http://www.firstworldwar.com/source/somme_rupprecht.htm



Additional Information

**http://en.wikipedia.org/wiki/Battle_of_Somme**
**http://www.firstworldwar.com/battles/somme.htm**
**http://www.historylearningsite.co.uk/somme.htm**
**http://www.vac-acc.gc.ca/remembers/sub.cfm?source=history/firstwar/canada/Canada8**
**http://www.heritage.nf.ca/greatwar/articles/somme.html**
**http://www.ramsdale.org/somme.htm**
**http://wwii.ca/forums/showthread.php?t=257**
**http://www.johndclare.net/wwi2_FirstDay_BeaumontHamel_canadianaccount.htm**

References

Trueman, Chris . "History Learning Site." History Learning Site. N.p., n.d. Web. 16 Feb. 2010. http://www.historylearningsite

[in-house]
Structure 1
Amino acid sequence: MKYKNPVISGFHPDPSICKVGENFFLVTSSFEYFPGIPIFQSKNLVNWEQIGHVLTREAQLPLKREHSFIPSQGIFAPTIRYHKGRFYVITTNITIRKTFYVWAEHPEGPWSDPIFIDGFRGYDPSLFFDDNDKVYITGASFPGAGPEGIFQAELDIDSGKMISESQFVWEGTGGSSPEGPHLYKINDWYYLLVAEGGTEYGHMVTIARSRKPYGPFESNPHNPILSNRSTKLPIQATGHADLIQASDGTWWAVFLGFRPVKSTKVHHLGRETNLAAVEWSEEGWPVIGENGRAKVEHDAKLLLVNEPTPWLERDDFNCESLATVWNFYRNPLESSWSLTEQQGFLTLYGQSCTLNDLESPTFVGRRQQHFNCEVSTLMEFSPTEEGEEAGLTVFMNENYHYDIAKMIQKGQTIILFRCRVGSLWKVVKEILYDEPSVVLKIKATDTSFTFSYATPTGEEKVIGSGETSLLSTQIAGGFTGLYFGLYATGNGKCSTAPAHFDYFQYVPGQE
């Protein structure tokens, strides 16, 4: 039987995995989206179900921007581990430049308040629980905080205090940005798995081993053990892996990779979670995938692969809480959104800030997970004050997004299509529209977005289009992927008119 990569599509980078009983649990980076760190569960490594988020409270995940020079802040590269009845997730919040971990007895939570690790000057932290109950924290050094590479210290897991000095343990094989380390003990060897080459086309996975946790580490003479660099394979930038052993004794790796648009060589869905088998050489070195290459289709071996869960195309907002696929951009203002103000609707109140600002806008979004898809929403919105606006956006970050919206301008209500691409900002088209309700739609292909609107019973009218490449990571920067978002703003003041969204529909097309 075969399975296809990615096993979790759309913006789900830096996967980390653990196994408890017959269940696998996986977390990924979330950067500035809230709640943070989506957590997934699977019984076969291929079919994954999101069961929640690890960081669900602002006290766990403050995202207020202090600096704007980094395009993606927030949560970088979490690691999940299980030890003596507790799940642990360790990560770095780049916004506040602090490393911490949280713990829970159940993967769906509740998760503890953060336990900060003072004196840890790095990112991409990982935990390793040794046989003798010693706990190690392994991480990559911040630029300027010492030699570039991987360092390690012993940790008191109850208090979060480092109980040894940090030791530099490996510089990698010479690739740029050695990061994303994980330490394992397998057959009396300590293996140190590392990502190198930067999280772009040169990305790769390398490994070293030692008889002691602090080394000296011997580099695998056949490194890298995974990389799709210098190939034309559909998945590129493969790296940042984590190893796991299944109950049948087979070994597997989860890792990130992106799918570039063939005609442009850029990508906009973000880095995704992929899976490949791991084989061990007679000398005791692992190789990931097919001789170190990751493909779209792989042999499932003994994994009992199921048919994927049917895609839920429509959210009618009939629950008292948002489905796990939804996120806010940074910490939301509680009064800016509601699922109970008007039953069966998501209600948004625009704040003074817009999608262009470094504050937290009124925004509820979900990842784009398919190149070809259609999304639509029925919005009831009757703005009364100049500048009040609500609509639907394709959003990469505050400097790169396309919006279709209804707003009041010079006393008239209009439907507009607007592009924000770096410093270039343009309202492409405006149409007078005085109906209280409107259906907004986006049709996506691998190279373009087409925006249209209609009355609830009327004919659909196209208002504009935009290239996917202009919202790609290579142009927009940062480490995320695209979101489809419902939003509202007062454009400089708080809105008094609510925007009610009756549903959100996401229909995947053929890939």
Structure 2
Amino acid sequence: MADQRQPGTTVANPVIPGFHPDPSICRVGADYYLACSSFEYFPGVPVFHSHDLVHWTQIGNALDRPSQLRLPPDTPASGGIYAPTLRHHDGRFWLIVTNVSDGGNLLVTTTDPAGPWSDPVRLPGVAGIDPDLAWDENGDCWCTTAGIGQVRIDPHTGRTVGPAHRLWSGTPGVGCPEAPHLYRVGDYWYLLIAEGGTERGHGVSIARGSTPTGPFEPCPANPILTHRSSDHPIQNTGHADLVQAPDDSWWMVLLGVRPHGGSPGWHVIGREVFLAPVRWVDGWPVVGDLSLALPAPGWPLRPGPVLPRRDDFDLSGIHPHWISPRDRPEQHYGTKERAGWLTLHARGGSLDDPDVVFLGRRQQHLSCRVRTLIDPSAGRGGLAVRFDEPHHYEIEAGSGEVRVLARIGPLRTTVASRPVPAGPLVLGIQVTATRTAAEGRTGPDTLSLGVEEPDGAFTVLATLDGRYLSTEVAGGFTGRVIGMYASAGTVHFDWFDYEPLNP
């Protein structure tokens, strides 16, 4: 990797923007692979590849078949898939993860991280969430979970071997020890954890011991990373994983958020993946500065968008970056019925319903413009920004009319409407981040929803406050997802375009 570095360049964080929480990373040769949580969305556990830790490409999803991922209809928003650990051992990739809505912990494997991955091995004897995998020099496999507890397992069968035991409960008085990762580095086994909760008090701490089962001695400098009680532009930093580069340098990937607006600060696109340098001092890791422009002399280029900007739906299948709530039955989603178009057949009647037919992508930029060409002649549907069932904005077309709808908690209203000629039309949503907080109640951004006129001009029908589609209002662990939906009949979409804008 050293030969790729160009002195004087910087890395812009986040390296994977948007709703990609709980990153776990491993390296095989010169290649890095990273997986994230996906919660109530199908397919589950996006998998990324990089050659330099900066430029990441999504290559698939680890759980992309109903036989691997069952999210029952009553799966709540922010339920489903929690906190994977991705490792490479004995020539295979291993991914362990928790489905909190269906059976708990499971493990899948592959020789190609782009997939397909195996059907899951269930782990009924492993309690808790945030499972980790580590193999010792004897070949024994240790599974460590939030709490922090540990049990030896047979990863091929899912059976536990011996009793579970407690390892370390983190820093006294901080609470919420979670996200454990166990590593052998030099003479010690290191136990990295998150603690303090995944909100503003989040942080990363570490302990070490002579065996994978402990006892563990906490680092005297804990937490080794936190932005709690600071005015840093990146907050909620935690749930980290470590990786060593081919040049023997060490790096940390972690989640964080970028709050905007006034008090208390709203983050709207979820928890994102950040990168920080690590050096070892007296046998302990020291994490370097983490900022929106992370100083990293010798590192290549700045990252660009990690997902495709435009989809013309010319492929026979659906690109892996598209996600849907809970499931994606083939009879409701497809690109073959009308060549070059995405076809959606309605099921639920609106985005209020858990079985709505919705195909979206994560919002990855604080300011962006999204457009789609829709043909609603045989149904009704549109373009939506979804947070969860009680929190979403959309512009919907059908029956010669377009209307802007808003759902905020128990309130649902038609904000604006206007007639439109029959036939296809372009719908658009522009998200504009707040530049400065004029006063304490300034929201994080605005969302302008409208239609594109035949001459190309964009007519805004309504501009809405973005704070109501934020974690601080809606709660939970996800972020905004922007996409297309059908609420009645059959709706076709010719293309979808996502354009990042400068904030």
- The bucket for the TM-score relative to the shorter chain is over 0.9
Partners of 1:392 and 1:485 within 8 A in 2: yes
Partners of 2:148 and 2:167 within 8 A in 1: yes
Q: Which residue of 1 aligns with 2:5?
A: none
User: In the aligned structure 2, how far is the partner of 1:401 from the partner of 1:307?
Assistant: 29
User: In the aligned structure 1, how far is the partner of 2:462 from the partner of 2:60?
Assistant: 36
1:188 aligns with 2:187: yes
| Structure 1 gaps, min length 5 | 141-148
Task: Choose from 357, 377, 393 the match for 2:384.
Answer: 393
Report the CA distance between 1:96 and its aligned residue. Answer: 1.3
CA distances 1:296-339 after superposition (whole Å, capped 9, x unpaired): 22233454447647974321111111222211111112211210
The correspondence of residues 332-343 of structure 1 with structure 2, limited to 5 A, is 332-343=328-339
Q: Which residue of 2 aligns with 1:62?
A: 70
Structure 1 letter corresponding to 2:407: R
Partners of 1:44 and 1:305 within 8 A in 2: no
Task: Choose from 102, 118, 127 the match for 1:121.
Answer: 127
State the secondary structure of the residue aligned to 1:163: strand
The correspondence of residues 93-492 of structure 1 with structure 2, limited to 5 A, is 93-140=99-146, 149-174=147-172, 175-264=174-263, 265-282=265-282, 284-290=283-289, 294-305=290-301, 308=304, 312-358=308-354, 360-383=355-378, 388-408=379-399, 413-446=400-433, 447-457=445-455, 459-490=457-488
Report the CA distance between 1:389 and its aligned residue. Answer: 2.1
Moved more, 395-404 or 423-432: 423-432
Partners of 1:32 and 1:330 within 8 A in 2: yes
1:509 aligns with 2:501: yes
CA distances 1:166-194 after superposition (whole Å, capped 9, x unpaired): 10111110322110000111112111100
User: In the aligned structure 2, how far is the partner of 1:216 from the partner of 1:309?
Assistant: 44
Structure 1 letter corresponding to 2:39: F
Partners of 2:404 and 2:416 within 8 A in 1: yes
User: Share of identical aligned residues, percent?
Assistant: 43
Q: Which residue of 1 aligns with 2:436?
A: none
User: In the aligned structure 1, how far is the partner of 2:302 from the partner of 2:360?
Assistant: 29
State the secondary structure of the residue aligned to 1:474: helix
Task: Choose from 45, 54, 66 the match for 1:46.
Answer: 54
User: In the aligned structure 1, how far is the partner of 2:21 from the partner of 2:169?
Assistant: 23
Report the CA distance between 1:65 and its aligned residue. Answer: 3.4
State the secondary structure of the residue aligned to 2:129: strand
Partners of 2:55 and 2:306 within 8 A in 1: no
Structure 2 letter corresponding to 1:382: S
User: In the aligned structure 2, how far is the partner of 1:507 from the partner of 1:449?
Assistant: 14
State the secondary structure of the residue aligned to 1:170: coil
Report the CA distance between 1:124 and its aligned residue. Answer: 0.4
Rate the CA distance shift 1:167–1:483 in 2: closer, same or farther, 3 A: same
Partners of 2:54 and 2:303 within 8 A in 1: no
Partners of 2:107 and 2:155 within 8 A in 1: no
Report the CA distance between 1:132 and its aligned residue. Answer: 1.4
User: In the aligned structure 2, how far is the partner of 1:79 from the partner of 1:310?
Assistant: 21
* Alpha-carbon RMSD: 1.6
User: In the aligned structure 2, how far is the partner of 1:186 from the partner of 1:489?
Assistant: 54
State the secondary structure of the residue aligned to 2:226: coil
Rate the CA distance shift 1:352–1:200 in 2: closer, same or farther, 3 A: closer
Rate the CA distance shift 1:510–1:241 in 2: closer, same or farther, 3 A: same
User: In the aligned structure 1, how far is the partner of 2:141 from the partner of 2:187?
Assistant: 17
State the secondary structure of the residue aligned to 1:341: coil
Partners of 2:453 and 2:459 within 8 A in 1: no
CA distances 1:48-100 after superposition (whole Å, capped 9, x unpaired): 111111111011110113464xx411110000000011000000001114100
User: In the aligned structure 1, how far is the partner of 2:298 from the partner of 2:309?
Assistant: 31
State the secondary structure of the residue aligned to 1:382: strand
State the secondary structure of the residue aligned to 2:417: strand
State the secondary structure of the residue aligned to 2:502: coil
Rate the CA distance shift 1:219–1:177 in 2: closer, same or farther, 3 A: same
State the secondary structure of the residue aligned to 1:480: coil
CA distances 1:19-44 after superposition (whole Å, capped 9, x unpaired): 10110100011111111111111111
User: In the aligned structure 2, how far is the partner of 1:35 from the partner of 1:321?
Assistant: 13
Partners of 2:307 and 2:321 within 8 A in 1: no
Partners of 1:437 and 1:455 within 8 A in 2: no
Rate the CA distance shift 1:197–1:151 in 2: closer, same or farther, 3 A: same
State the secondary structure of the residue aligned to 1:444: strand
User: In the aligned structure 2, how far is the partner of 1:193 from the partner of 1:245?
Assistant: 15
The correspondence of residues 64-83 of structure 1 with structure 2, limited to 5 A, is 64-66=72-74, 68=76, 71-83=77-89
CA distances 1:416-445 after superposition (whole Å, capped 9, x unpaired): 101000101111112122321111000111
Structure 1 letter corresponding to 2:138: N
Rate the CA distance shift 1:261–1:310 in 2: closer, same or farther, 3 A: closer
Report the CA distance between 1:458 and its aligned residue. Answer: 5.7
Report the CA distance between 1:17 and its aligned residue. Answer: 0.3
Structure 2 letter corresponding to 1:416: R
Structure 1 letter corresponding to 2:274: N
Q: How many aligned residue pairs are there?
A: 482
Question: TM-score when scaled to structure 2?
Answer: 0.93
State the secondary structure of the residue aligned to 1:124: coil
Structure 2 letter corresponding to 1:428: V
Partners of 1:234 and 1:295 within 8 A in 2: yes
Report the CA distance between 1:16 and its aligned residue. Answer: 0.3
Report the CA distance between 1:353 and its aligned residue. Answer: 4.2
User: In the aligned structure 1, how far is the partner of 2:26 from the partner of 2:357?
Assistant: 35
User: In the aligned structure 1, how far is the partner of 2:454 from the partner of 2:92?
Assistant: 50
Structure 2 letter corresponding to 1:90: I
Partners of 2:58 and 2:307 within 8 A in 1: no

"First World War.com - A Multimedia History of World War One." First World War.com - A Multimedia History of World War One. N.p., n.d. Web. 16 Feb. 2010. <http://www.firstworldwar.com>.

"Newfoundland and Labrador Heritage/Patrimoine de Terre-Neuve et du Labrador--Entry Page: Newfoundland and Labrador Heritage." Newfoundland and Labrador Heritage/Patrimoine de Terre-Neuve et du Labrador--Entry Page: Newfoundland and Labrador Heritage. N.p., n.d. Web. 16 Feb. 2010. <http://www.heritage.nf.ca>.

"Veterans Affairs Canada - Anciens Combattants Canada." Veterans Affairs Canada - Anciens Combattants Canada. N.p., n.d. Web. 16 Feb. 2010. <http://www.vac-acc.gc.ca>.

"Wikipedia." Wikipedia. N.p., n.d. Web. 16 Feb. 2010. <http://www.wikipedia.org>.




The Battle of the Somme
Zakk & Eunice